Urban Sprawl


Urban Sprawl


  • Population growth - increased demand for housing
  • Demand for out of town shopping and retail parks lead to buildings constructed on previously undeveloped places
  • Migration - from urban areas to rural areas - (in HICs) as the urban fringe area has more space, cheaper land and less congestion than the inner city
  • Migration - rural to urban - pull factors include better opportunities, etc, and urban sprawl can happen when there is rapid urban growth and the housing facilities cannot cope with it


  • More congestion and pollution in the countryside
  • Similarly, commuter towns can be established, where people work in the city and live on the outskirts so they have to commute into work - this causes pollution and congestion
  • Commuter towns also lead to a rise in house prices
  • There is building on greenfield sites - this could lead to environmental impacts such as loss of habitats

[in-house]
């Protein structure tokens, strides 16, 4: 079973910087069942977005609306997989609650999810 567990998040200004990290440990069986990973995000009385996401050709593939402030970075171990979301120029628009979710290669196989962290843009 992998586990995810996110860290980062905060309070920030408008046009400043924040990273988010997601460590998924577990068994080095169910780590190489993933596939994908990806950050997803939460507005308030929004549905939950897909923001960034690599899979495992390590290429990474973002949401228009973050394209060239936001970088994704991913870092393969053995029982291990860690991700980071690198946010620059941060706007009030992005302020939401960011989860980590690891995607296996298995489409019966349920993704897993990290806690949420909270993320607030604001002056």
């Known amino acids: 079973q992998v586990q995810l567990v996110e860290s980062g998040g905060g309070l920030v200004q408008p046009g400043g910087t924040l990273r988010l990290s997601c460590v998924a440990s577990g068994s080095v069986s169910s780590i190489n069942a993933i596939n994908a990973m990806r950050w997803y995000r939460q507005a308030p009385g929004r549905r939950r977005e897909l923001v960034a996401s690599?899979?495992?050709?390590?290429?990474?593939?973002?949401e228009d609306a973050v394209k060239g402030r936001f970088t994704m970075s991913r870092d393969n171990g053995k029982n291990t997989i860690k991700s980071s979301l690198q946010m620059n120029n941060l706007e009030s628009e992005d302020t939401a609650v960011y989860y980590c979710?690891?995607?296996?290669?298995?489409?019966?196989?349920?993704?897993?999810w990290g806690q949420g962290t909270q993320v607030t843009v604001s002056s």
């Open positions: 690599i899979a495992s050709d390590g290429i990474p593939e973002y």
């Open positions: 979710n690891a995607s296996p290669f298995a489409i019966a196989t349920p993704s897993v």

• Developing on farmland areas can lead to people losing their income as farmers, and also the loss of wildlife etc
  • In LICs and NEEs (eg Rio, Brazil) urband sprawl as a result of rapid urban growth can lead to squatter settlements or slums - for example in Rio the favelas
  • Positive: out-of-town retail and business parks can benefit as the land on the outskirts of urban areas is cheap, and this offers employment for local people

Overall summary

URBAN SPRAWL = the uncontrolled growth of towns and cities, encroaching on rural surroundings SOLUTIONS- Green Belts - these are areas of undeveloped, natural land that are established on the outside of cities to help prevent urban sprawl. In many UK cities such as London there is a target to have 40 percent of land as 'green space' which also makes the area more sustainable- Regeneration - using brownfield sites to build on, for example the London Docklands regeneration, or simply re-using or re-purposing old industrial sites. This may be more expensive than building on greenfield sites as there must be clearing and decontamination, however in the long term it's more sustainable  


No comments have yet been made